B. R. Howard & Associates was established in 1989 and incorporated six years later in 1995. Our company focuses on the conservation of historic artifacts in accordance with the principles defined in the American Institute for Conservation of Historic and Artistic Works Code of Ethics and Guidelines for Practice. Our staff is comprised of both graduate trained conservators, pre/post graduate interns, and highly skilled technicians. Numerous projects have required a multi-disciplined team approach utilizing the collaborative efforts of conservators specializing in the treatment of: metals, wood, stone, paper, textiles, leather, and paintings. Our goal as a company is to provide a pool of resources and knowledge through continual education and professional associations in order to offer our clients the best service at manageable costs.
Restoration as traditionally practiced, focuses its efforts upon returning an object or work of art to the objects original state, an assumed condition, or an earlier appearance. In order to obtain these states, conditions, or appearances, often little regard is given to the historic “in-use” alterations and/or changes caused by the passage of time. In other words, restoring an object to its original state often erases the physical historic markers of an object's use by significantly altering physical evidence and original materials.
However, in the past 40 years, the restoration of art and historic cultural artifacts has evolved and developed into the profession of art conservation. Conservation of art and cultural property is an interdisciplinary approach which incorporates art, historic research, scientific analysis, and material science to document, stabilize, and preserve historic artifacts. Art conservation focuses on the stabilization and preservation of an object using preventative measures to inhibit on-going or future deterioration of the object or its components. This is accomplished by selecting methods and materials that, to the best of current knowledge, do not adversely affect the historic or artistic objects´ original materials. Ideally, conservation treatments will not impede future examination or scientific analysis nor adversely impact future treatments or functionality of the object.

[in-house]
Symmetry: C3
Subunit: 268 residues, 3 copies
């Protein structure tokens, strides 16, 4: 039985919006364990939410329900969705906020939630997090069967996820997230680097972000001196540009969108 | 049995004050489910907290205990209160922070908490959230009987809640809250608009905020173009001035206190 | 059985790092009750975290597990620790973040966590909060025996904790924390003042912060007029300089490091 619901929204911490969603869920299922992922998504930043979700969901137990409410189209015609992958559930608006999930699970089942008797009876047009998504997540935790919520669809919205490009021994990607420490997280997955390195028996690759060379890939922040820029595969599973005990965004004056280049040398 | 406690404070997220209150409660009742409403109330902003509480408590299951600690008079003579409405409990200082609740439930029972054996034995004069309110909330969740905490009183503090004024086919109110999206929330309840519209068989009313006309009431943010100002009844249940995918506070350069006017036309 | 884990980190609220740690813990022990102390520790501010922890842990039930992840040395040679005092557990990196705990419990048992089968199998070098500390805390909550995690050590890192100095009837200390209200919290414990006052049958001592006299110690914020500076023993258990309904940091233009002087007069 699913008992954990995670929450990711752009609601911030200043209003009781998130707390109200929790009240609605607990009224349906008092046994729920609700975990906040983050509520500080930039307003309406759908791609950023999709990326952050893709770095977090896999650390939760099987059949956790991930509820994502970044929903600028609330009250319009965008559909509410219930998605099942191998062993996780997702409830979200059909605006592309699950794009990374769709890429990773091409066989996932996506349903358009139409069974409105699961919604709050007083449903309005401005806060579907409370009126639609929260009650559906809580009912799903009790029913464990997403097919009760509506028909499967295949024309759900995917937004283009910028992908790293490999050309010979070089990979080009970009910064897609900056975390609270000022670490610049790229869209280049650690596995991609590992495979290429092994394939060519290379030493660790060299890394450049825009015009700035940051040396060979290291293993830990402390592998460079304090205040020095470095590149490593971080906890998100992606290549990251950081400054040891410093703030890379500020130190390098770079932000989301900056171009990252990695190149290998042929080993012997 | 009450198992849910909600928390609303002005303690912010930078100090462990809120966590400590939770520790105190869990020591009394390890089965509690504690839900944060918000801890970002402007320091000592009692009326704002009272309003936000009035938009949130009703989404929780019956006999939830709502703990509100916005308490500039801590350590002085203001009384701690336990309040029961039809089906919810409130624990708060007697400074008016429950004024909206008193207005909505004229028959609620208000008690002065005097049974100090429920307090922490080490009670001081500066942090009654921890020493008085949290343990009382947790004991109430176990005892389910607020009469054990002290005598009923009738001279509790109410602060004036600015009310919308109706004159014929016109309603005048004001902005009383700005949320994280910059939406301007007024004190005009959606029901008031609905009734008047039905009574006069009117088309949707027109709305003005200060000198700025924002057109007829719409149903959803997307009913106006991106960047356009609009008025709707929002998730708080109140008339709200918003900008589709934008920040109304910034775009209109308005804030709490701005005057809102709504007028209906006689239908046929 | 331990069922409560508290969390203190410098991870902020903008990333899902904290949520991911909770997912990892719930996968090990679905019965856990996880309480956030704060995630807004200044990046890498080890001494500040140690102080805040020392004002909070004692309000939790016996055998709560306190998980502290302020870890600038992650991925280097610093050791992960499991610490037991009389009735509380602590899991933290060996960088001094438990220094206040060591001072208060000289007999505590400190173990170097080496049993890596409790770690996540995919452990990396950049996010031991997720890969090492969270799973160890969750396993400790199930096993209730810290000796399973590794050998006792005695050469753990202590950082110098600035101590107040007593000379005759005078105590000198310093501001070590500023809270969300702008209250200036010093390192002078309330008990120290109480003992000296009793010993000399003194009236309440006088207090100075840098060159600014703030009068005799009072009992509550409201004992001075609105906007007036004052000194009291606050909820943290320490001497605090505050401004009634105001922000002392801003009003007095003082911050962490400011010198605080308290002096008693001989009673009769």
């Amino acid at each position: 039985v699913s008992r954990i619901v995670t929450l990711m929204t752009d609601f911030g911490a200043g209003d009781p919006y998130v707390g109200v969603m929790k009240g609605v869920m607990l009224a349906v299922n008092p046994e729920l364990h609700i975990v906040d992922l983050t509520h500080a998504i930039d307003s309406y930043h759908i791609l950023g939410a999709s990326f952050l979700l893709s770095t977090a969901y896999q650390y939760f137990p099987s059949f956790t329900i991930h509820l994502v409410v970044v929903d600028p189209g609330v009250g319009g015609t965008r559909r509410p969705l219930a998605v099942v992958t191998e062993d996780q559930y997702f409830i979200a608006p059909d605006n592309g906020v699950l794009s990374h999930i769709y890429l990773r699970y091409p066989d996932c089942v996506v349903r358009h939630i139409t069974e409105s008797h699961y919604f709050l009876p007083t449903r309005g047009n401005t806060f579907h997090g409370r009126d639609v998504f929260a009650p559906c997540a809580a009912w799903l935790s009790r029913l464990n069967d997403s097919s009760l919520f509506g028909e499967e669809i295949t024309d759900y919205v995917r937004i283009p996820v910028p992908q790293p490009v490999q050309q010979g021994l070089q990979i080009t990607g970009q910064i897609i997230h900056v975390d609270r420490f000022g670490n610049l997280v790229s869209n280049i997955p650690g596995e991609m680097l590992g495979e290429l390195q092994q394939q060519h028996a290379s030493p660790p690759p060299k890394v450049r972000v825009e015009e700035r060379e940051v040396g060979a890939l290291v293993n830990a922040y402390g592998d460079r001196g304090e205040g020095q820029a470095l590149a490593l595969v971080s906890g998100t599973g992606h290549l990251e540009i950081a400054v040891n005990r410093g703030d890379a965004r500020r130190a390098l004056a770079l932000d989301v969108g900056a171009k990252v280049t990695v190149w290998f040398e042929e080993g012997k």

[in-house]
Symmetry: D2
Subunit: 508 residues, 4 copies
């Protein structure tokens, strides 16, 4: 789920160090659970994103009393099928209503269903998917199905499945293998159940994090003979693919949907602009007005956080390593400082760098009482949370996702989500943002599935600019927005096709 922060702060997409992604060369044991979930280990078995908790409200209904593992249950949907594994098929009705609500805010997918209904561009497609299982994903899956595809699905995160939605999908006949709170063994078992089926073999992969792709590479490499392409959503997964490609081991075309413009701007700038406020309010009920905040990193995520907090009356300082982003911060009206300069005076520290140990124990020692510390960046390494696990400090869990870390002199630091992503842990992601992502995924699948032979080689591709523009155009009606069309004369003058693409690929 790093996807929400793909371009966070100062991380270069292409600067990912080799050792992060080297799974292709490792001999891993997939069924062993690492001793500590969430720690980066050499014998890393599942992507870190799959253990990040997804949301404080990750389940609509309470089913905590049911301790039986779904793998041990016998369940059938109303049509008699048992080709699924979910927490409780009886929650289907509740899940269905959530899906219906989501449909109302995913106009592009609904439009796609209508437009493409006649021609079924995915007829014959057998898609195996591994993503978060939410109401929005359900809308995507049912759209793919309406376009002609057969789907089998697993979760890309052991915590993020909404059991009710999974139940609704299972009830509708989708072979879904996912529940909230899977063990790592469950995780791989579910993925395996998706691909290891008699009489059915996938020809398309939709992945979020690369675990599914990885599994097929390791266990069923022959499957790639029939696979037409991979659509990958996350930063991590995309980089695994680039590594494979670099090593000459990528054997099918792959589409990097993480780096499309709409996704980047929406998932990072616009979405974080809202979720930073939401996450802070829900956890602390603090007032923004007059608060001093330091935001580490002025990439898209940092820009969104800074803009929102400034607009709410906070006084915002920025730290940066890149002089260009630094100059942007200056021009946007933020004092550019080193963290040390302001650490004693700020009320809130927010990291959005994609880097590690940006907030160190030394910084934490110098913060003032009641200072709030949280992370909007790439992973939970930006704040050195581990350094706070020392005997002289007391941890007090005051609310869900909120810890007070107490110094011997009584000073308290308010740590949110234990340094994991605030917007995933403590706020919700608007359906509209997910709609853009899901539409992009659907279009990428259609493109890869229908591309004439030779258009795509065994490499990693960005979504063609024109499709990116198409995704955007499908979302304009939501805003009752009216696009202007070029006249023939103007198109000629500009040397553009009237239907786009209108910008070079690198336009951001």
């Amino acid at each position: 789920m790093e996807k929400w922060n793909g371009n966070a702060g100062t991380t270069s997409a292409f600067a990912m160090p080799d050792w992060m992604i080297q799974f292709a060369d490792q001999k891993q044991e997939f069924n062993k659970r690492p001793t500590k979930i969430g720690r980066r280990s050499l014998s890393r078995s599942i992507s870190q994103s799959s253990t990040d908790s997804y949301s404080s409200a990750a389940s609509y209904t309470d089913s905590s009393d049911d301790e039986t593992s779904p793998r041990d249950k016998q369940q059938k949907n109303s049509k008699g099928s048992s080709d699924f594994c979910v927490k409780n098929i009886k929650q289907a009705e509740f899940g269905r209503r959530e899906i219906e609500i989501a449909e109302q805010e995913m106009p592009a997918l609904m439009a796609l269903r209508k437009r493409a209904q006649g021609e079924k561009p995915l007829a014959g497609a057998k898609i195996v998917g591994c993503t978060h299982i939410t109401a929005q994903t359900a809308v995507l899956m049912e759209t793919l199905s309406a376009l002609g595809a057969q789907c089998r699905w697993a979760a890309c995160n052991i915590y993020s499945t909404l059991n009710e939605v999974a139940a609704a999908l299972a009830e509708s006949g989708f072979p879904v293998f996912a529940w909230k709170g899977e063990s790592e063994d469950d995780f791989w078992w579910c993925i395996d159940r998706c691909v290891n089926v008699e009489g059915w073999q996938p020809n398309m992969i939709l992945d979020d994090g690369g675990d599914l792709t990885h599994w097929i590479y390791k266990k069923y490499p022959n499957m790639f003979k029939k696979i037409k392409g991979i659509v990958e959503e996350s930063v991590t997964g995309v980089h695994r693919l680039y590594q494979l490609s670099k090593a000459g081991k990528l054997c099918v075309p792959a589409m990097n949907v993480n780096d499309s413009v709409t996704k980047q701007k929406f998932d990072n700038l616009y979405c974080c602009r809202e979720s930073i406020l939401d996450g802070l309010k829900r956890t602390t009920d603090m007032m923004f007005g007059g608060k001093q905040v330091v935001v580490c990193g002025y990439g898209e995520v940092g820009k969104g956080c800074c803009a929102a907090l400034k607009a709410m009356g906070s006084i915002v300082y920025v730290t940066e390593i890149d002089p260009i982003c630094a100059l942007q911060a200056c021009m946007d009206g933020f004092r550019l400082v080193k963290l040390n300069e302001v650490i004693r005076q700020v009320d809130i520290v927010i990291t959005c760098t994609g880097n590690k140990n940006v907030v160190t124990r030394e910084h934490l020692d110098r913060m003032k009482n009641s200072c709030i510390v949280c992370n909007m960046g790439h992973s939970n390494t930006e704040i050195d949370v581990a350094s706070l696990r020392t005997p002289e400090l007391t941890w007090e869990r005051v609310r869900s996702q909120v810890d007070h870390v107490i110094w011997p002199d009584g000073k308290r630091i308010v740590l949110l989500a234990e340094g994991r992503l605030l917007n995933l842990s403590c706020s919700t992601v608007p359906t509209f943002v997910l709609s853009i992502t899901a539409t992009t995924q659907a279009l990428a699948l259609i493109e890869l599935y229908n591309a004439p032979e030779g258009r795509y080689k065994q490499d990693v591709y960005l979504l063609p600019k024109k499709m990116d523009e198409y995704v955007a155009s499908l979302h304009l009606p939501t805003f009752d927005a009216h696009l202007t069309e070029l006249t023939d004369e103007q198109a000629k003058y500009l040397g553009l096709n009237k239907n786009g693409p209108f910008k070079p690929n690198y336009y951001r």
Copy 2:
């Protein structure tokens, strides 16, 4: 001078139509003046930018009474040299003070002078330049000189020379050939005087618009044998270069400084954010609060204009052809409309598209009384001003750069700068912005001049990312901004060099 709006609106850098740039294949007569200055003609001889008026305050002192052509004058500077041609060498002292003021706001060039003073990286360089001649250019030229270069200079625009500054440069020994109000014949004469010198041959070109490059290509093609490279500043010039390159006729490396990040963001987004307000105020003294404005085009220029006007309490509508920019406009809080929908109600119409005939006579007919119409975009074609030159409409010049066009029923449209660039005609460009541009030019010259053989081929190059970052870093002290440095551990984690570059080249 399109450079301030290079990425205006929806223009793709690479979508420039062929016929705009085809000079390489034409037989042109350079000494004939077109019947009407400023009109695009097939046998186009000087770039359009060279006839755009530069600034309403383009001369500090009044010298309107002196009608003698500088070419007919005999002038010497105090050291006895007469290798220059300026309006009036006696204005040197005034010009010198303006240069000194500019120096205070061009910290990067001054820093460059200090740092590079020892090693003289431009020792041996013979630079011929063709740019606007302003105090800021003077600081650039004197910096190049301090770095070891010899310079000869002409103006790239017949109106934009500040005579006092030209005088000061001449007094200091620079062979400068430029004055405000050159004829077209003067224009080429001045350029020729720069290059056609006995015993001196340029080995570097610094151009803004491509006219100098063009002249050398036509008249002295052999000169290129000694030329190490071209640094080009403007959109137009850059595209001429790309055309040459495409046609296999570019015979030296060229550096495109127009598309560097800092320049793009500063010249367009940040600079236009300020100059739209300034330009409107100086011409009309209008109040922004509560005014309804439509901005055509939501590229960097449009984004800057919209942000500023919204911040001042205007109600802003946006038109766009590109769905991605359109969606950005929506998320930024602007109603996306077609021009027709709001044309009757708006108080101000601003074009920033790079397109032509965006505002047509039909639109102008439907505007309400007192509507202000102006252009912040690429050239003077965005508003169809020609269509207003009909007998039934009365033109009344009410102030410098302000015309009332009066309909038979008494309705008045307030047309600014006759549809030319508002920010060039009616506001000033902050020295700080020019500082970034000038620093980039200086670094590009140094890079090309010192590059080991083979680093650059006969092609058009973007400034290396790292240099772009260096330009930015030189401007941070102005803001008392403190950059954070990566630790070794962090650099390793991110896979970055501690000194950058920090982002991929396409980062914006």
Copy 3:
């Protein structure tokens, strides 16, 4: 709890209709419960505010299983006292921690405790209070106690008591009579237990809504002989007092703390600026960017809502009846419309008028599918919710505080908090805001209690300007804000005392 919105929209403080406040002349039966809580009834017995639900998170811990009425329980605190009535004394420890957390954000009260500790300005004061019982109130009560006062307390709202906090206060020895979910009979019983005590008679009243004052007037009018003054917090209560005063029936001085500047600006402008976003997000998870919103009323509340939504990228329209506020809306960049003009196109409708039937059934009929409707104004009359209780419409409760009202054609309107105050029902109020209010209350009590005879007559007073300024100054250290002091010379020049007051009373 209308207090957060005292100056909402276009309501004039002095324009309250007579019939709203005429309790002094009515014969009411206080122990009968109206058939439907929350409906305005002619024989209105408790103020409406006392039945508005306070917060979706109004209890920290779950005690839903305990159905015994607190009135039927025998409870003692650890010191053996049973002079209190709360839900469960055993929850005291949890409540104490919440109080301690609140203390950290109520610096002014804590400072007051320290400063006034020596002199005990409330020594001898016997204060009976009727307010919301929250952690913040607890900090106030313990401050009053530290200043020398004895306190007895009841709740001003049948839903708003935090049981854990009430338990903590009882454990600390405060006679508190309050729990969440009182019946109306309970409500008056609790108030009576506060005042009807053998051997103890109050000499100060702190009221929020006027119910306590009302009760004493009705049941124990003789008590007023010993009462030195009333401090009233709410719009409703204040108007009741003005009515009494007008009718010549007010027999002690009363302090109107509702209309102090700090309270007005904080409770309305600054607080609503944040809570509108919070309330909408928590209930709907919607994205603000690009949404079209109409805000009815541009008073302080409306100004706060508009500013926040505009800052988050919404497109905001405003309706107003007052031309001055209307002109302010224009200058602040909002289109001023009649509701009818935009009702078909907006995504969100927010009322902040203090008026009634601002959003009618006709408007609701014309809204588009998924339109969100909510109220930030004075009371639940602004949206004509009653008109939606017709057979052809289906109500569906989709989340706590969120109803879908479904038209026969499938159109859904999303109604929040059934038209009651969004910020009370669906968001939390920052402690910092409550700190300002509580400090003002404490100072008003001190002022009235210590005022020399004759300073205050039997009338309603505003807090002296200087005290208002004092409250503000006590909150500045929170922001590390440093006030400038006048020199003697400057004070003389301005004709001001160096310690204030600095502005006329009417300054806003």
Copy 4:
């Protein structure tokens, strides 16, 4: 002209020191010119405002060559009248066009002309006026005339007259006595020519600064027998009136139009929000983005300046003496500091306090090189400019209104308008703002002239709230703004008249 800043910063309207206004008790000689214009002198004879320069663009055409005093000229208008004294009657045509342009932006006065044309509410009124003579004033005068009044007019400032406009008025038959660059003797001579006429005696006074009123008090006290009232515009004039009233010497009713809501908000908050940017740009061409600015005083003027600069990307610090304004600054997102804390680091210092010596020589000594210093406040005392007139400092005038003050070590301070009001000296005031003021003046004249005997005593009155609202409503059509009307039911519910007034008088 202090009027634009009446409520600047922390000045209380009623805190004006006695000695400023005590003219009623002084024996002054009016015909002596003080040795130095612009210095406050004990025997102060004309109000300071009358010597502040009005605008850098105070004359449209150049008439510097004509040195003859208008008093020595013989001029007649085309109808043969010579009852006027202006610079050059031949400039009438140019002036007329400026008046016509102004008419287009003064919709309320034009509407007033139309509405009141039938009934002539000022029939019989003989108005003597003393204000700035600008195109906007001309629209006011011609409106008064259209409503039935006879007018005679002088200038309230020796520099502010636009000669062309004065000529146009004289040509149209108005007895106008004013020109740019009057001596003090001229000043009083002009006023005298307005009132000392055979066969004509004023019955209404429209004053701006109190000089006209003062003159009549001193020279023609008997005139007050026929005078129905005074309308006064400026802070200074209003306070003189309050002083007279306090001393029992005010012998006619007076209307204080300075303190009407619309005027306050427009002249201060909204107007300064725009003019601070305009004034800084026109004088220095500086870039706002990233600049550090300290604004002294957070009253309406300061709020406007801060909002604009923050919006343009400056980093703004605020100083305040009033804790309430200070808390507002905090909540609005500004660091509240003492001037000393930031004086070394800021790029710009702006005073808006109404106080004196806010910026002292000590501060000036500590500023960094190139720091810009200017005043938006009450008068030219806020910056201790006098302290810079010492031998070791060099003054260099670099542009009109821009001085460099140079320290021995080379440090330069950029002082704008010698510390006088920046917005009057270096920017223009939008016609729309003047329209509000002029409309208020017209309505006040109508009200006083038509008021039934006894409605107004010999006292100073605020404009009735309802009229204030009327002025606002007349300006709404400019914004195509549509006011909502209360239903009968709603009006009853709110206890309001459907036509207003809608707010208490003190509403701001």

Conservation activities include examination, documentation, preventative conservation, and conservation treatment. It is important to note that conservation treatment may, but not always, include aesthetic compensation or compensation for loss. Definitions are as follows:
Examination: The study of the structural stability, materials used in an object's construction or fabrication.
Documentation: Written and photographic records of information discovered or techniques used during treatment.
Treatment: The direct and deliberate efforts required to stabilize an object's condition to “prolong its existence” (AIC Code of Ethics).
Stabilization: Measures employed to slow active deterioration and ultimate loss or an artifact or artifact component.
Restoration: The procedure required to repair damages and losses with the intent to return the object to its original state or earlier appearance.
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The National Baseball Hall of Fame and Museum opened on June 12, 1939 in Cooperstown, New York. Its mission was and is to preserve history, honor excellence and connect generations through memorabilia from the past and present. This institution is recognized as the country's most popular sports shrine and is considered the definitive repository of the game's treasures. The Hall of Fame consists of the museum and gallery, and the library and research center. Its centerpiece, however, is the museum and the associated plaque gallery that stands as a memorial to all of baseball's Hall of Famers.